IPv6 benefits

By 2020, the Internet of Things (IoT) will interconnect 50 Billion smart things. However, it is still fragmented in many different communication protocols with limited interoperability. Device Gateway approach relies on the integration of a heterogeneous Internet of Things into IPv6 and Cloud-based Services.         

The Internet started back in 1969 with ArpaNET. In 1981, the Internet adopted the Internet Protocol version 4 (IPv4), and was opened to the public a few years latter. Since then the Internet has grown on the same protocol version (IPv4). In 1993, the Internet Engineering Task Force started to work on a new protocol: Internet Protocol version 6 (IPv6). The IPv6 standardisation was finished in 1998. The following year, its deployment has started in Asia, followed by the US and Europe. IPv6 will deeply impact the Future Internet,- as underlined by the EC Communication on IPv6 , and the OECD Seoul Declaration on the Future of the Internet. IPv6 will provide an easier remote interaction with each and every device with a direct integration to the Internet. In other words, IPv6 will make possible to move from a network of servers, to a network of things.

The current 4 billion IPv4 addresses are largely exhausted , - making the transition from IPv4 to IPv6 ineluctable. IPv6 is integrated into Microsoft, Linux, Mac and Android OS, as well as in all professional networking equipment. The global Internet backbones and the top domain names servers are IPv6 compatibles too, and ready for the transition. Many countries, including US, China, India, Japan, South Korea and European countries are actively promoting the transition to IPv6. IPv6 brings several advantages, including:

  • Scalability with a very large IPv6 address space (2128 addresses), enabling to provide unique and permanent IP addresses to each and every device.
  • Address self-configuration mechanisms, (SLAAC) easing and reducing costs of deployment.
  • Improved security and authentication features, such as mandatory IPSec capacities and the possibility to use of the address space to include encryption keys.
  • End-to-end connectivity with real authentication (NAT free).
  • Security (IPSec, etc.)
  • Mobility features, enabling a seamless connexion when moving from one access point to another access point on the Internet.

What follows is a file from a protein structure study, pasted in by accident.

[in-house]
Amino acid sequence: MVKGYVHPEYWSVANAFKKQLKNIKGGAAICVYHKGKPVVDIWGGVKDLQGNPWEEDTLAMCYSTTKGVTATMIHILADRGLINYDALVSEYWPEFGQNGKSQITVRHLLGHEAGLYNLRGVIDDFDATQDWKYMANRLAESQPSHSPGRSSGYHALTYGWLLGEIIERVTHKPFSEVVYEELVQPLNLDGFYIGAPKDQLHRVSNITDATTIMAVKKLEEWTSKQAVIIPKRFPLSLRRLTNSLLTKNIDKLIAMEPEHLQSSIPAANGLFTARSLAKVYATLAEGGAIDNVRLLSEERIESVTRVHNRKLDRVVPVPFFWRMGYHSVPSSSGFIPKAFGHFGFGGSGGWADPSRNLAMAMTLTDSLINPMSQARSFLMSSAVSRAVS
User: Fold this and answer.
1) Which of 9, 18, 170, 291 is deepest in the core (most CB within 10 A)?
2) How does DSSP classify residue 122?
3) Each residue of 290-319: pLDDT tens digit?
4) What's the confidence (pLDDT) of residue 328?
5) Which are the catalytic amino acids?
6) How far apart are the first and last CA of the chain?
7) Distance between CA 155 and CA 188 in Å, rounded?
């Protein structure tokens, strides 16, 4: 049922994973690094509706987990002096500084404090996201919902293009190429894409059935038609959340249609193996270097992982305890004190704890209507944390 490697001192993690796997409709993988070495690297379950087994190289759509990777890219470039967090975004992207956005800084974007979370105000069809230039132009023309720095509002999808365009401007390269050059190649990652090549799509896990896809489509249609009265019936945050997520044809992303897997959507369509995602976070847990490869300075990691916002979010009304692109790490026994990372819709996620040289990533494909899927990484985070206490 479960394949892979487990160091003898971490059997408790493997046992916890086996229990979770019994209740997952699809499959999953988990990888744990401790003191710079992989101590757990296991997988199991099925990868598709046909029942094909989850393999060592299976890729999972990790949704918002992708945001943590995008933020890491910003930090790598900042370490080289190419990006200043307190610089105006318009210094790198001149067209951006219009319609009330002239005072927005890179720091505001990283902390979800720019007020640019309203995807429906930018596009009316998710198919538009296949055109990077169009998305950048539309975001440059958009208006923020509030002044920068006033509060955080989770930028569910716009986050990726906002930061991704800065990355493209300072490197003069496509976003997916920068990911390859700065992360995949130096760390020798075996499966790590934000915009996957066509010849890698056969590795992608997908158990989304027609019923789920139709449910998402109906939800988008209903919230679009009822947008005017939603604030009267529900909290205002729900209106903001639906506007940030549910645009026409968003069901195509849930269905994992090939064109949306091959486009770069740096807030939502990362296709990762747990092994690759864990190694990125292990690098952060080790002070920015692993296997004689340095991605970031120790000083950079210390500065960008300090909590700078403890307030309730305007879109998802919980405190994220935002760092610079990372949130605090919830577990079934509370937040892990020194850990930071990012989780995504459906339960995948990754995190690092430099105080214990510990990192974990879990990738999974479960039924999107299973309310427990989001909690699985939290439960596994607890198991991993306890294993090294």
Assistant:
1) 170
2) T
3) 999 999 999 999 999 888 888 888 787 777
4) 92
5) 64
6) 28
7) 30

• Multi cast and any cast functionalities.
  • Fully Internet compliant with a global deployment and accessibility

More importantly, the on-going work to improve standards and solutions of Internet related protocols and security mechanisms are now focused on IPv6. IPv4 deployments will not benefit from the on-going improvement of the Internet architecture and will face an increasing number of enablers that will become deprecated.

Smart IPv6 buildings

By enabling the extension of the Internet to any device, IPv6 will also turn buildings into smarter and more interconnected environments. Progresses in nanotechnology enable more and more pervasive intelligence and ICT solutions to be deployed. Improving the Internet of things in homes can contribute to save energy, increase comfort and security, and support elder people - with important related markets opportunities. IPv6 can bring several advantages for smart buildings. IPv6 can:

  • Increase the granularity of building control and monitoring, by addressing each and every sensor, device and actuator with its own IP address.
  • Ease the deployment of automated devices, with the self-configuration of the IP addresses.
  • Improve security of the connectivity to the devices, in particular for remote control.

IPv6 constitutes a great opportunity and a new frontier for smart and green buildings. The Device Gateway technology interconnect and integrates heterogeneous subsystems of buildings using different communication protocols and standards into IPv6 and a common semantic framework. It paves the way to new forms of interactions, by enabling heterogeneous devices such as mobile phones, RFID tags, ZigBee sensors, KNX actuators and DLNA screens to interact with each others. It transforms buildings into smarter, more integrated and "user-friendly" environments.